Although conversations with Black Americans are crucial in understanding the importance of allyship, Ball-Ryan explained that people should not expect someone to feel comfortable having these conversations just because they are Black. She said that BSU members have expressed their discomfort in speaking for the entire Black community, and in these conversations, emphasis should be placed on the feelings of an individual, not the entire Black community.

“Find somebody that will be open and honest with you, and someone that will make you feel comfortable to say, ‘hey, I know a little bit about this topic, but I don’t know a ton, and I’m just wanting to learn more because I want to be an ally,’” Ball-Ryan said. “‘I’m not asking you to speak for everybody, I just want to know about your experiences. Tell me about you.’”

As a South transfer, Perkins emphasized the difficulties she faced with South’s small Black student population. When Black students are organizing events to raise awareness, she urges her peers and teachers to become involved, as the presence of allies at these events increases awareness and inclusivity of the Black community at a school, where they make up 1.5 percent of the population according to the Illinois Report Card and

“Stand with [the] Black students that attend [South because] there’s a small [number] of us,” Perkins said. “When I first transferred to [South], I felt uncomfortable because of the lack of Black students. When we are trying to raise awareness, students and teachers should volunteer and help out to the best of their abilities.”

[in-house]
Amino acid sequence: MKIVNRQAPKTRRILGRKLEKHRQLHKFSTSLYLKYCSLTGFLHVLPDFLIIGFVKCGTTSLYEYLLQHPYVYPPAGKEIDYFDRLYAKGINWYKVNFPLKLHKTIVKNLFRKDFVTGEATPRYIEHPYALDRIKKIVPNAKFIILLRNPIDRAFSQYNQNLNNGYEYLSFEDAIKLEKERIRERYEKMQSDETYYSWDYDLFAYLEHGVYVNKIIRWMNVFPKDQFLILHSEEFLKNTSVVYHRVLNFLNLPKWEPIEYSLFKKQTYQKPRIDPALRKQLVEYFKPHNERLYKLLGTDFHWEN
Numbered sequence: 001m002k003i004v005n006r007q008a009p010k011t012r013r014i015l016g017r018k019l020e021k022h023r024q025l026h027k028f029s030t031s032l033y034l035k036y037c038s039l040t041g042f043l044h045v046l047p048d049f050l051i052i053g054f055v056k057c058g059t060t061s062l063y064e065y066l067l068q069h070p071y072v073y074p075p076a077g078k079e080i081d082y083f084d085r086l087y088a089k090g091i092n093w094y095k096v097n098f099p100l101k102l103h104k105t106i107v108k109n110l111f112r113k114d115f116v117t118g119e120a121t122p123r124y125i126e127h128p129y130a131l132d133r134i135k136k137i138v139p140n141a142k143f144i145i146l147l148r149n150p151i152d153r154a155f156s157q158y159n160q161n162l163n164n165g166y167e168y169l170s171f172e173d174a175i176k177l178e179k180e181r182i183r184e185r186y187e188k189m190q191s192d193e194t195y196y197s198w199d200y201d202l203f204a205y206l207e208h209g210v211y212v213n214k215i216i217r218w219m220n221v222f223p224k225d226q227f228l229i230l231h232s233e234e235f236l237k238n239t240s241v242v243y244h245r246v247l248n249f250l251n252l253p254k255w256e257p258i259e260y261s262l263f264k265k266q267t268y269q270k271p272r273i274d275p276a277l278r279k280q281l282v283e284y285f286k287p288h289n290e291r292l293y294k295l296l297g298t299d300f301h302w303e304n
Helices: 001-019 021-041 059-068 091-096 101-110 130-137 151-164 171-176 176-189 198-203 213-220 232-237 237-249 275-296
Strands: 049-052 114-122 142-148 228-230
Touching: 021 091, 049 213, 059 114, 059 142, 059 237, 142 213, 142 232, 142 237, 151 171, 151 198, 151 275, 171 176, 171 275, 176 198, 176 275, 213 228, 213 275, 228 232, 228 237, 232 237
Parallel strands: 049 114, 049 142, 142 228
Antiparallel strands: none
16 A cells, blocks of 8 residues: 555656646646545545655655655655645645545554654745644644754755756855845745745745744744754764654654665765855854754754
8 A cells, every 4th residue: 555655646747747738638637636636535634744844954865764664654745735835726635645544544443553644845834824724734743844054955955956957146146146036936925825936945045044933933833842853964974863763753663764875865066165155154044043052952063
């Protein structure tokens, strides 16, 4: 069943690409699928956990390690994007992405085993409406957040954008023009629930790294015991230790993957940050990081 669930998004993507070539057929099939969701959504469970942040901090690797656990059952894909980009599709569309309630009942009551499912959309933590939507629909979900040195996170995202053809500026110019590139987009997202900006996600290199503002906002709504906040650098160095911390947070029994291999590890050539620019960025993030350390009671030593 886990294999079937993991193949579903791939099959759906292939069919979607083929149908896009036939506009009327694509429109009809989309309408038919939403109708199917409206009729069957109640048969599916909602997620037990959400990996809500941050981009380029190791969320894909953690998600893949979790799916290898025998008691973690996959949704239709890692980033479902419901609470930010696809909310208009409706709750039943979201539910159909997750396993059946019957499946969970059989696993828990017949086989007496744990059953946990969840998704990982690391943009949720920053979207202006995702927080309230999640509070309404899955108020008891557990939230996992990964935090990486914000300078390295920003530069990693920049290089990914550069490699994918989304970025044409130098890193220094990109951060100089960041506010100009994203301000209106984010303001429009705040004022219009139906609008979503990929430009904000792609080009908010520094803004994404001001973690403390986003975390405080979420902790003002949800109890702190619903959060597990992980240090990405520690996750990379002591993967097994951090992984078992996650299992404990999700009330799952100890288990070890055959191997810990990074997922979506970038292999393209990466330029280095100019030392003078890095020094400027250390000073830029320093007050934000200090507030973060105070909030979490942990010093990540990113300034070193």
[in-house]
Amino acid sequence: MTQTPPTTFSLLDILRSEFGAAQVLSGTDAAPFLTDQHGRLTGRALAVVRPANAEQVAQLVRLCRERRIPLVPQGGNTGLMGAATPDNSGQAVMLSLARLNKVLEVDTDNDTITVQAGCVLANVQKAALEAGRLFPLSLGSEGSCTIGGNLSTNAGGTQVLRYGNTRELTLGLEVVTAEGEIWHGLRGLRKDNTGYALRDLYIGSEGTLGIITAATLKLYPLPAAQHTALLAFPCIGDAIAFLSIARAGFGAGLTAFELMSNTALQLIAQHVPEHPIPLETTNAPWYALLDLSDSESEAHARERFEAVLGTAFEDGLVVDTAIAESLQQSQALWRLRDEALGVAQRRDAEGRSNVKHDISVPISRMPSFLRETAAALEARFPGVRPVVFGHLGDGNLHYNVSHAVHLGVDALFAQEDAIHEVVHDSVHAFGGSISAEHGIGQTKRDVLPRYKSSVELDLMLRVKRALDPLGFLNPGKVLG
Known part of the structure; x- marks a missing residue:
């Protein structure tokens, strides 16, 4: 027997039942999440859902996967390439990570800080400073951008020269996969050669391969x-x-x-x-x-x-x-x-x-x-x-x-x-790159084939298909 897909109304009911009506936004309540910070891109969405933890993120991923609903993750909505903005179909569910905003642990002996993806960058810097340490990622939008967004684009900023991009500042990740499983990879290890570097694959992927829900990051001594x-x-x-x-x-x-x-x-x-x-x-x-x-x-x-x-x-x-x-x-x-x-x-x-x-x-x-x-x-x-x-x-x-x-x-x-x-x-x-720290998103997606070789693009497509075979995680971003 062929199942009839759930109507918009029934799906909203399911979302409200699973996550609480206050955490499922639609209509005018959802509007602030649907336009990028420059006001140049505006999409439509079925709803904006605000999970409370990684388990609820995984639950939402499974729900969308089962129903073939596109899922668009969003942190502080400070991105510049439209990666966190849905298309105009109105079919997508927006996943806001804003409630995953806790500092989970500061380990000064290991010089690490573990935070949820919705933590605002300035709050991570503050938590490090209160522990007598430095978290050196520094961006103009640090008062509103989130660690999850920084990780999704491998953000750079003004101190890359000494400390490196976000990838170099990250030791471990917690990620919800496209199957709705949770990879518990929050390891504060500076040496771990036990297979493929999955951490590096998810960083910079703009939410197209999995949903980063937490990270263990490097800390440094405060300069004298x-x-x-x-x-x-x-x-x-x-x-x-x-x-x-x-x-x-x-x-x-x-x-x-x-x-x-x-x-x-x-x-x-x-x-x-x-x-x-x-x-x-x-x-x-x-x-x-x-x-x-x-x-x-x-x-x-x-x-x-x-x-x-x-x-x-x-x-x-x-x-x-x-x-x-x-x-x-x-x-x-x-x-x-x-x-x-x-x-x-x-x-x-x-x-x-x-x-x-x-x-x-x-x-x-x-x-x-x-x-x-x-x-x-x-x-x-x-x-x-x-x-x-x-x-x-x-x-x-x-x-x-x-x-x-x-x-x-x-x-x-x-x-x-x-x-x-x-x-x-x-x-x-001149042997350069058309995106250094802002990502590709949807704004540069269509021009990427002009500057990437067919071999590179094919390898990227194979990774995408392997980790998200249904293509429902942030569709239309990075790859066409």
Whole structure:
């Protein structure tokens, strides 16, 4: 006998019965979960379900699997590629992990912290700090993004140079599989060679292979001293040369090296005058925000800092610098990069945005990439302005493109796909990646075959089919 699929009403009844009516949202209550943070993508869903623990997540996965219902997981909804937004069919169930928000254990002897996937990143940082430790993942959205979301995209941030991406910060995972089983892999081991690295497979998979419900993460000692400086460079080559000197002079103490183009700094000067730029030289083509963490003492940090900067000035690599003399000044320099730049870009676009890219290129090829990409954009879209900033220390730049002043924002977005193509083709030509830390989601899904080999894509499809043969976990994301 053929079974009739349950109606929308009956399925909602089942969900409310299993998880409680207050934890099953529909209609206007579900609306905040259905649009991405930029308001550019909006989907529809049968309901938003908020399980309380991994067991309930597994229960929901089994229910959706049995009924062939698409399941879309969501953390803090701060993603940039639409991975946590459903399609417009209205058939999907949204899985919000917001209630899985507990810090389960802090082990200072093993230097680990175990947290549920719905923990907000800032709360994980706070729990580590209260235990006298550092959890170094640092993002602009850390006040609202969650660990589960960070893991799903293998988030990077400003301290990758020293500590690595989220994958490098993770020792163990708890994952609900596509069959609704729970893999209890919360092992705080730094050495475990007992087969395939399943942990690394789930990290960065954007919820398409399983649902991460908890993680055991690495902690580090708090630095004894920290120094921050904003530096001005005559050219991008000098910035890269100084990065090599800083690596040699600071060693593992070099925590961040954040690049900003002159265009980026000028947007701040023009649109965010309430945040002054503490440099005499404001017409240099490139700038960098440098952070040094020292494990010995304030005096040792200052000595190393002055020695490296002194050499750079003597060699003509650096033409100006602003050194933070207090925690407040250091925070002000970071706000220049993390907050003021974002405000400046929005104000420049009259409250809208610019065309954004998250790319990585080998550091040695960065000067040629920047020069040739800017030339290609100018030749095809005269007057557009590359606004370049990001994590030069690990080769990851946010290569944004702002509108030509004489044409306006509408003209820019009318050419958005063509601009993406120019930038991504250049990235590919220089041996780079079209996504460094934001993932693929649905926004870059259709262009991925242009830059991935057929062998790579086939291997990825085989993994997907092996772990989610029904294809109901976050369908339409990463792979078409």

The Editorial Board commends South’s administration f0r their support of the Black Lives Matter movement as well as their ongoing attempts to listen and implement changes based on discussion by Black students and staff. However, these actions need to be made more accessible to the entire student body so all Glenbrook community members can partake in creating change. 

This disparity is made evident by the varying opinions regarding the administration’s actions against racism. While some commend the administration for combatting racism, others, such as Olujare, feel that South has done too little and that there are countless instances of harmful actions slipping beneath school officials.

“Every time something happens [South’s administration] just puts out a little email,” Olujare said. “The action is never [reprimanded] and that is if they’re caught because there are so many instances where it goes undocumented.”

While Fagel expressed her understanding for people’s anger towards the school’s reaction to racist behavior, she explained that the school takes a restorative approach, where the person who was racist has the opportunity to learn from their actions. She explained that although many call for suspension or expulsion, that removing someone from the community would not solve the problem; instead, she said that educating them as well as repairing any harm that resulted from their behavior allows for growth.

“Our ultimate goal is to restore the harm, to repair the harm, and to also to educate whoever it is who said or did something that was perceived as racist [and] to educate them on why what they said or did is not okay.” Fagel said.

 Fagel emphasized the importance of creating a safe environment for all students, and especially Black students. Safety is correlated with academic performance, Fagel noted, so when students feel unsafe their education suffers. 

“This is first and foremost in my mind every day,” Fagel said. “In terms of not just serving as allies for our black students but creating and sustaining  an environment that everyone can feel is safe and that they’re not going to be judged or treated differently [in]. It’s a tall order, but it’s one that I would never stop striving for.”